One. A few years ago India lifted duty on some Bangladesh's items. As a result, Bangladesh's export trade to India reached 1 billion dollars. It was hoped it would very rapidly reach 2 billion dollars. There are allegations that there was a negative reaction to this decision within India and so Indian banks placed certain indirect obstacles to opening LCs against certain products. So Bangladesh's exports to India are not increasing as expected. Bangladesh will have to take direct initiative to remove such indirect bottlenecks to export so that the scope of export revenue expands.

The Indian embassy in Bangladesh do not officially issue approval or work permits to Bangladeshis in any sectors, neither less skilled or skilled. So there is no scope of earning rupees from India in the form of legitimate remittance

Two. India has retained tariff barriers on a significant number of Bangladeshi goods. Meanwhile, in order to reduce trade imbalance, in July 2020 China provided tariff free facilities on 97 per cent of Bangladesh goods (from the previous 61 per cent), under the tariff line. Unless 100 per cent tariff-free facilities are granted, Bangladesh's exports to India will not increase, and foreign exchange or Indian rupees will not be earned.

Three. Bangladesh has been significantly harmed in certain sectors with India imposing anti-dumping tariff on jute, jute products, hydrogen peroxide made in Bangladesh and fishing nets. Such practices must be halted completely. If India wants the rupee swap, India must remove all item-based direct trade barriers, indirect trade barriers and anti-dumping barriers on Bangladeshi products.

Four. Opening up the labour market. As its imports are higher than its exports, Bangladesh basically builds up its foreign exchange reserves from the remittance sent in by expatriates. But Bangladesh workers have no entry to India's labour market. The Indian embassy in Bangladesh do not officially issue approval or work permits to Bangladeshis in any sectors, neither less skilled or skilled. So there is no scope of earning rupees from India in the form of legitimate remittance. If India wants currency swap arrangement in rupees, it must first of all open its labour market to Bangladeshis.

One of the most important features of any currency used in international trade is that it must be easily available. In its own interest, India must ensure easy access for Bangladesh, that is, standard economic and employment access, which will not be unilaterally controlled by India. So Bangladesh must proceed to determine how to earn rupees and how to prevent the fall of the taka against the rupee.

Maintaining the value of taka and rupee, and SWIFT connection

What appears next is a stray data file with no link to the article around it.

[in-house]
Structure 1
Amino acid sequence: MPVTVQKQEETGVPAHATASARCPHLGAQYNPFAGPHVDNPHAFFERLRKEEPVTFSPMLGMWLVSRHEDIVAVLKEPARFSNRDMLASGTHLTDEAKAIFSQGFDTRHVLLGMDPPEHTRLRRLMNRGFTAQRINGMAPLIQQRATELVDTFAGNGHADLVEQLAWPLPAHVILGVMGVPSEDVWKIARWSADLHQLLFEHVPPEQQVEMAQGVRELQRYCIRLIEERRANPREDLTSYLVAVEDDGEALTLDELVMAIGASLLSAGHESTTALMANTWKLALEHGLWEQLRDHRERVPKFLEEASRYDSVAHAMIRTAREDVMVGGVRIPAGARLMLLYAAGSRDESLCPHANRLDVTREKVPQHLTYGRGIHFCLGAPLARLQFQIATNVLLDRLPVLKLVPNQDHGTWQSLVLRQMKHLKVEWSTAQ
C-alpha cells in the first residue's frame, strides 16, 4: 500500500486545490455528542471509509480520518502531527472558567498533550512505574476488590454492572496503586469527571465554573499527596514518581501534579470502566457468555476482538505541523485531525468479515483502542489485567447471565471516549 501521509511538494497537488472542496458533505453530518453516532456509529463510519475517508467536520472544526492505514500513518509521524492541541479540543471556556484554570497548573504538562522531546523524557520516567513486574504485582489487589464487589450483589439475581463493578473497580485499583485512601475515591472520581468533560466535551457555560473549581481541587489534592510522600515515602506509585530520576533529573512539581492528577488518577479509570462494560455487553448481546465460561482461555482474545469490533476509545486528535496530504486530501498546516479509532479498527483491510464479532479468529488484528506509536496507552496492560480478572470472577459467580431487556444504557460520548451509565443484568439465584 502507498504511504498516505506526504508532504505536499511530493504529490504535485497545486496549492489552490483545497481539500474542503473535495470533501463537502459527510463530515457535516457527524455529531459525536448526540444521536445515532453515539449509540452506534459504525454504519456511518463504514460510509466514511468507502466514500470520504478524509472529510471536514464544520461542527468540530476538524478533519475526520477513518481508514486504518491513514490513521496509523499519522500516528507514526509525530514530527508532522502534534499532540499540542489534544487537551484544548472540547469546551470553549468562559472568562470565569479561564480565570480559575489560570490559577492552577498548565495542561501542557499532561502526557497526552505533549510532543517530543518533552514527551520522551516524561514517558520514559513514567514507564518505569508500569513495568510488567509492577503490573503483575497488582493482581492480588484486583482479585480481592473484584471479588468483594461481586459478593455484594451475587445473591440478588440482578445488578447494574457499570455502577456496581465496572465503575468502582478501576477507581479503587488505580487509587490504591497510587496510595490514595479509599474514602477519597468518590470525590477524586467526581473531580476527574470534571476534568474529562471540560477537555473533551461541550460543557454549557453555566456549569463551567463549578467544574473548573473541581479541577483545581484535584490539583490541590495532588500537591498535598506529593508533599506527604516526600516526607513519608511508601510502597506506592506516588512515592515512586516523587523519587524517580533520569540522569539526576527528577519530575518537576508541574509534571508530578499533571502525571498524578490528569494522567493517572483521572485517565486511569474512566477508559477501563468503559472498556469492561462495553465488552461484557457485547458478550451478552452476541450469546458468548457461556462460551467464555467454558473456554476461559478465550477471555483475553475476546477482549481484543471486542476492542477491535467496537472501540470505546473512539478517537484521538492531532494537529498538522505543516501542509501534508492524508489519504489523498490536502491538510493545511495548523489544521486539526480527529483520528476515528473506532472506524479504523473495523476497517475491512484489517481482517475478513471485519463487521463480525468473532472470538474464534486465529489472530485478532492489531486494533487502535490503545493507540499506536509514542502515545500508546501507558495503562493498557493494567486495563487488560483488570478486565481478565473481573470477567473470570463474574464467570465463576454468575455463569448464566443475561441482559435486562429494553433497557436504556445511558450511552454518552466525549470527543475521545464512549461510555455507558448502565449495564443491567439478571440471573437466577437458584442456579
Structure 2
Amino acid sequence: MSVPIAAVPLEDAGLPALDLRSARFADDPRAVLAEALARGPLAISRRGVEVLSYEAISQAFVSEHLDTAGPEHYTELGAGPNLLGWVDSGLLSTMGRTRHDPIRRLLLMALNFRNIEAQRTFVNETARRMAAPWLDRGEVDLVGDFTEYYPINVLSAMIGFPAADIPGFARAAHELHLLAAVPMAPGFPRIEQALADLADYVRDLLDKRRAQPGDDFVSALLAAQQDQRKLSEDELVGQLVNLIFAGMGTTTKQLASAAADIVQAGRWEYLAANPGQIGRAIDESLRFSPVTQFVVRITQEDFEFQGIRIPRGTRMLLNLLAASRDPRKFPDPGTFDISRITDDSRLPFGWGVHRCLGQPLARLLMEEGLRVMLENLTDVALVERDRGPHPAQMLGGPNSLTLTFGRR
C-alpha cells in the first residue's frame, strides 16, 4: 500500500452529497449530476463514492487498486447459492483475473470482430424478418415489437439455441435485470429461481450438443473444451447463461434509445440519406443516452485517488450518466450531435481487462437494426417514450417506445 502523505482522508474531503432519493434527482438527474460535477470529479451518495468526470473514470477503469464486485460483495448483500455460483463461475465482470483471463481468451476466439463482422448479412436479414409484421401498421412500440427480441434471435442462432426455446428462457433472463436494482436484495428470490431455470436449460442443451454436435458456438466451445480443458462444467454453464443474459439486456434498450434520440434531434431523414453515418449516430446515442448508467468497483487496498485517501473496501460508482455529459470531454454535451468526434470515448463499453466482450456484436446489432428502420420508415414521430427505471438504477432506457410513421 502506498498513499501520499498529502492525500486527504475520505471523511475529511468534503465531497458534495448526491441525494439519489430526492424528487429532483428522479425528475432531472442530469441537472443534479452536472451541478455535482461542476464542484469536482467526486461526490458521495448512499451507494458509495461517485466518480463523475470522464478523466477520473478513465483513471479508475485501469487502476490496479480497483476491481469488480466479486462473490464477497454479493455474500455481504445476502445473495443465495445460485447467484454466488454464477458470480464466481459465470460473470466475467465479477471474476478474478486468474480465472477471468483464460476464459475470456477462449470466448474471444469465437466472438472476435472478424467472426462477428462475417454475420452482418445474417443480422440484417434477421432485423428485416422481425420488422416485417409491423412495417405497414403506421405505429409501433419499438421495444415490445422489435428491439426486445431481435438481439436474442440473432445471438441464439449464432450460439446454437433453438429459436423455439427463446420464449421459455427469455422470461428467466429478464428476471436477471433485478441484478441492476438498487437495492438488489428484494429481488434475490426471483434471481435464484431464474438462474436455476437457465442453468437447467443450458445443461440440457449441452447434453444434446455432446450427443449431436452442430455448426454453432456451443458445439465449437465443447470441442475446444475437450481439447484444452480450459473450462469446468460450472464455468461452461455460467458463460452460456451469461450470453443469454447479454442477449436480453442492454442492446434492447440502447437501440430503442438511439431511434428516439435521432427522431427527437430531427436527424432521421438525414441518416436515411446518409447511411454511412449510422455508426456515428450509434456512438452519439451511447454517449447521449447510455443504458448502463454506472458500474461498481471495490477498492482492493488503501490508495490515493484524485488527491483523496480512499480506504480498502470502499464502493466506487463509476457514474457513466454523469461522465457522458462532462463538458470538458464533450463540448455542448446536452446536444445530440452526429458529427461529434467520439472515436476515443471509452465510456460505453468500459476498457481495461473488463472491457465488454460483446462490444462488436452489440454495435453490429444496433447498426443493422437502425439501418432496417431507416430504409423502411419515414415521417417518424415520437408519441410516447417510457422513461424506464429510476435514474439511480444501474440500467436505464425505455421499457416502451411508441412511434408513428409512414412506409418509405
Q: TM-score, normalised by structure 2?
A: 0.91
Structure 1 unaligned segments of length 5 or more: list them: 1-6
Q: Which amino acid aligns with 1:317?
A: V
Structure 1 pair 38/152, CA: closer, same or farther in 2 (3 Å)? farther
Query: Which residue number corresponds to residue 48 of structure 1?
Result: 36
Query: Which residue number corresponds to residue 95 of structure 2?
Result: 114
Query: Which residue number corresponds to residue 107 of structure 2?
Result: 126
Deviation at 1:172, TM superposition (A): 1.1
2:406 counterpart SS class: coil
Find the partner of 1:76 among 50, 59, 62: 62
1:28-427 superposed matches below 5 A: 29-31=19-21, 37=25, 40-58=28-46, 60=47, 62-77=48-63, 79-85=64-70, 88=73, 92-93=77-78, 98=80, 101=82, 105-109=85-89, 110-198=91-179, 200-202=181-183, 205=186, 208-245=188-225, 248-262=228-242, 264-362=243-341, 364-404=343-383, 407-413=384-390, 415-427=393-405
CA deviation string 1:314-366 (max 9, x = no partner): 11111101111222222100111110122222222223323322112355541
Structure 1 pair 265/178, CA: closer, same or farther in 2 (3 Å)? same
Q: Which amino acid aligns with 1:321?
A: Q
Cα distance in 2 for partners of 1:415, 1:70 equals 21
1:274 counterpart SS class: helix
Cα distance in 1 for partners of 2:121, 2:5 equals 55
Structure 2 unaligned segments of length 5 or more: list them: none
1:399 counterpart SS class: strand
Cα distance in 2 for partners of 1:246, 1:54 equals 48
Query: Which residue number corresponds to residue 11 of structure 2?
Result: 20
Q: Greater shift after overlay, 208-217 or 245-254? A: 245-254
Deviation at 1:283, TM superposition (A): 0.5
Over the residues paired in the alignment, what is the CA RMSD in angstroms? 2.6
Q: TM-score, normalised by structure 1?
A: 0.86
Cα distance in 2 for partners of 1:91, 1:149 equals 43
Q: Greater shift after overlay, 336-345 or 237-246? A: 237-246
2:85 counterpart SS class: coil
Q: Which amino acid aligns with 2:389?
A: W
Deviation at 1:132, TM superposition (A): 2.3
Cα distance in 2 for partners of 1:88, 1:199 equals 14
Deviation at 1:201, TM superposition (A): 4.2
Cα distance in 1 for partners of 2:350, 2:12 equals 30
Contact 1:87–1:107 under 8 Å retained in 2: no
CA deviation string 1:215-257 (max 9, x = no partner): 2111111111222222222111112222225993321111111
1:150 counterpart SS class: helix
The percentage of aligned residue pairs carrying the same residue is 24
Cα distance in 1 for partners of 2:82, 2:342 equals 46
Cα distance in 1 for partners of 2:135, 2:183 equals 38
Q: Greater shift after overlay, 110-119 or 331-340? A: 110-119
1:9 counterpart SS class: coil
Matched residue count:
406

Before and after corona, India devalued the rupee, but Bangladesh struggled hard to keep up the value of the taka. So the important question is about the overrated taka against the corrected valued rupee. Bangladesh will face losses if trading in the falling rupee because Bangladesh is still determined to keep the taka strong. In 2016 when India scrapped the 500 and 100 rupee notes, it is said that new notes were not issued in exchange of the old rupees with Bangladesh Bank or Bangladesh's money exchange.

The objective behind bypassing the dollar to trade in Indian rupees is to strengthen the ailing rupees. As Bangladesh has a wide trade imbalance with India, the question naturally arises as to where we will get so many rupees? When the taka falls against the rupee, then import costs and inflation will steadily increase. As Bangladesh imports food products and raw materials from India, the fall of Bangladesh's taka against the India rupee can lead to an alarming disaster for Bangladesh's economy.

One of the reasons behind the extensive use of the dollar and the euro is the easy availability and the other reason is the SWIFT-connect. Indian currency has limited SWIFT-connect or connect with VISA, MasterCard, PayPal and such international payment gateways. This can be risky for the rupee swap too.

On the other hand, Bangladesh and India can take up the item swap system. In other words, Bangladesh can trade exportable items worth one billion dollars and import the same value of goods from India. In the case, the highest currency swap margin will be rupees amounting to one billion dollars in value.

If the direct path for rupees earned through legal export and remittance is opened, only then will it be feasible for Bangladesh to go for the currency swap arrangement in rupees. It would be suicidal to convert its dollars to rupees or take loans in rupees to go for the rupee swap. In no way is this commercially feasible. And then there is the risk of US sanctions.

* Faiz Ahmad Taiyeb is a writer on sustainable development. He can be reached at [email protected]

** This article, originally published in Prothom Alo print and online editions, has been rewritten for the English edition by Ayesha Kabir